SECRETARY POWELL: In the Western Sahara there is a now plan that has been put forward to try to bring an end to this difficult situation that has caused so much difficulty over the years and has caused so much loss of life. And I think our focus right now should be on responses to the Baker Plan, which the sides are developing and negotiations between Morocco and Algeria on a way forward. And thatís what we are focusing on and thatís what we are trying to help both sides do.

QUESTION: Nicholas Kralev of the Washington Times. Mr. Secretary, there have been reports in the last 16 hours or so that six-party talks with North Korea will not take place this month as many had hoped. Is this your impression and is there a deadlock in the negotiations? Should we expect any talks any time soon at all?

SECRETARY POWELL: No, thereís no deadlock. I donít recall anyone announcing when talks would take place, so itís hard to say theyíve been postponed when they havenít been -- whatever it means when you donít have a postponement, but you donít have them scheduled in the first place. But Iím still optimistic that they will take place in the near future. Weíre in close contact with all of the parties. We are working on various proposals and in due course, when the schedule firms up and we have a better idea of the outline of the talks, weíll make an announcement. But since nothing was ever scheduled, itís premature to say something has been postponed. But, I think the talks will happen in the not-too-distant future.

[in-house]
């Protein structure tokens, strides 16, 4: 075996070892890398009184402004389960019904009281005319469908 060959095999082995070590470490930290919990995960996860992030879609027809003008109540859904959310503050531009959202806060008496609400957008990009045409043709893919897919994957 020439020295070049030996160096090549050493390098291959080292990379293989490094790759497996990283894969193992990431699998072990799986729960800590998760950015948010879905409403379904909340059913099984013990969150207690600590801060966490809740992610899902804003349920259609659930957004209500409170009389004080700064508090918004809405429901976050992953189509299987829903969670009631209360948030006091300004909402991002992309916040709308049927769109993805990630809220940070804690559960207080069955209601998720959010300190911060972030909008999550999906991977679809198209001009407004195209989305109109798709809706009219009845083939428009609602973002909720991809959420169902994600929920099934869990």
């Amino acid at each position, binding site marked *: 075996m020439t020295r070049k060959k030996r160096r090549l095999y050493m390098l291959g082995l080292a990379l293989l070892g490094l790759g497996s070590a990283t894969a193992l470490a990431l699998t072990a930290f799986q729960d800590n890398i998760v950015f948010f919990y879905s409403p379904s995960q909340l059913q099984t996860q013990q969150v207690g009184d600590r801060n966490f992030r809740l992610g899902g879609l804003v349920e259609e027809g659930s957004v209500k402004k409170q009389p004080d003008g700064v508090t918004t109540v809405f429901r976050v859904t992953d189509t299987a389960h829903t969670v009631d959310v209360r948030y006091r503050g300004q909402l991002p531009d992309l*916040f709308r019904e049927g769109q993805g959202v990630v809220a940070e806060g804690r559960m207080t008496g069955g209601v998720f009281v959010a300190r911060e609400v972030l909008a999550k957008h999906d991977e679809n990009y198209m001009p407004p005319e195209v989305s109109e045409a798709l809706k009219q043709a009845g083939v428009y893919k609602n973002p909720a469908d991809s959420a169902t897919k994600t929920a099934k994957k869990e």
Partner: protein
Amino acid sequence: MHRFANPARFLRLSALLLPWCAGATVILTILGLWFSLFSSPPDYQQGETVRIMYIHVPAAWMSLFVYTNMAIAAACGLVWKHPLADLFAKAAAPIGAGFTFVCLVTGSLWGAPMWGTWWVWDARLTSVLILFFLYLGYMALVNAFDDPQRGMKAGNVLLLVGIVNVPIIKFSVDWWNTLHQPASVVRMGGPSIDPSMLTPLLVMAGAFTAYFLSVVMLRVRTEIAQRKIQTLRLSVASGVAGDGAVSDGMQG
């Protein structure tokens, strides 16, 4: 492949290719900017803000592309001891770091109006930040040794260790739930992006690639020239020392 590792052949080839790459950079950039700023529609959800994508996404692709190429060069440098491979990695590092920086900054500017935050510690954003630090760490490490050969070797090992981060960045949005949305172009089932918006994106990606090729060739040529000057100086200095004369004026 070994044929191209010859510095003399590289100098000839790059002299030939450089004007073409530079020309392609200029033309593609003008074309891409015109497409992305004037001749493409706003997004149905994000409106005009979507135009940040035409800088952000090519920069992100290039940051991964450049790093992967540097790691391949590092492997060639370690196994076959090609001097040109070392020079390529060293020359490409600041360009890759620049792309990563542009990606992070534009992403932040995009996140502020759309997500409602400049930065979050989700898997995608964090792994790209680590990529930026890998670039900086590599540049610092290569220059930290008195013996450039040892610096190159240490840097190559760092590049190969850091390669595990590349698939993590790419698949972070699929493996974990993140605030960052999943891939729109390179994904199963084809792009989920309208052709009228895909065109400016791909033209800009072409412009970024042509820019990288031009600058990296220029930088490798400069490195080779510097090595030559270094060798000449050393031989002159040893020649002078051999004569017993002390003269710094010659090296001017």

The important thing is that both sides, all six parties, remain committed to the talks. Thatís the key issue. That hasnít become deadlocked. Nobody is moving away from that. Everybody believes that the six party talks are going to take place and they are committed to that proposition and I expect them to take place in the not-too-distant future.

MR. BOUCHER: Weíll do the last question over here.

QUESTION: Mr. Powell, so you see is there any competition between the United States of America and French in the Maghreb, especially in economic partnership and politics, especially with the problem of the Sahara?

SECRETARY POWELL: Do I see any competition between the United States and France with respect to our interest in the Maghreb? No, none whatsoever. I know that President Chirac is visiting in the region -- I think heís in Tunisia today, and I know there will be a 5+5 meeting later this week and thereís simply no basis for anyone to think there is a competition. I am here because Iíve wanted to come here for some time and also visit in Tunisia and Algeria and my schedule permitted me to do it at this time. But, there is no competition. We, I think, have a common view with our French friends about the needs of the region and what we need to do to help the nations in the region move forward into the 21st century.

QUESTION: Sir, can you tell us whether the Free Trade Agreement between Morocco and the United States will affect Morocco (inaudible) in the treatment of AIDS (inaudible).

SECRETARY POWELL: Regrettably, I canít. I canít tell you what the linkage is and how that might be affected. Thatís a question thatís probably better directed to our trade representatives and those who are negotiating the agreement or with Moroccan trade representatives.

SECRETARY POWELL: Merci beaucoup, au revoir. Thank you very much.

2003/1225


Released on December 3, 2003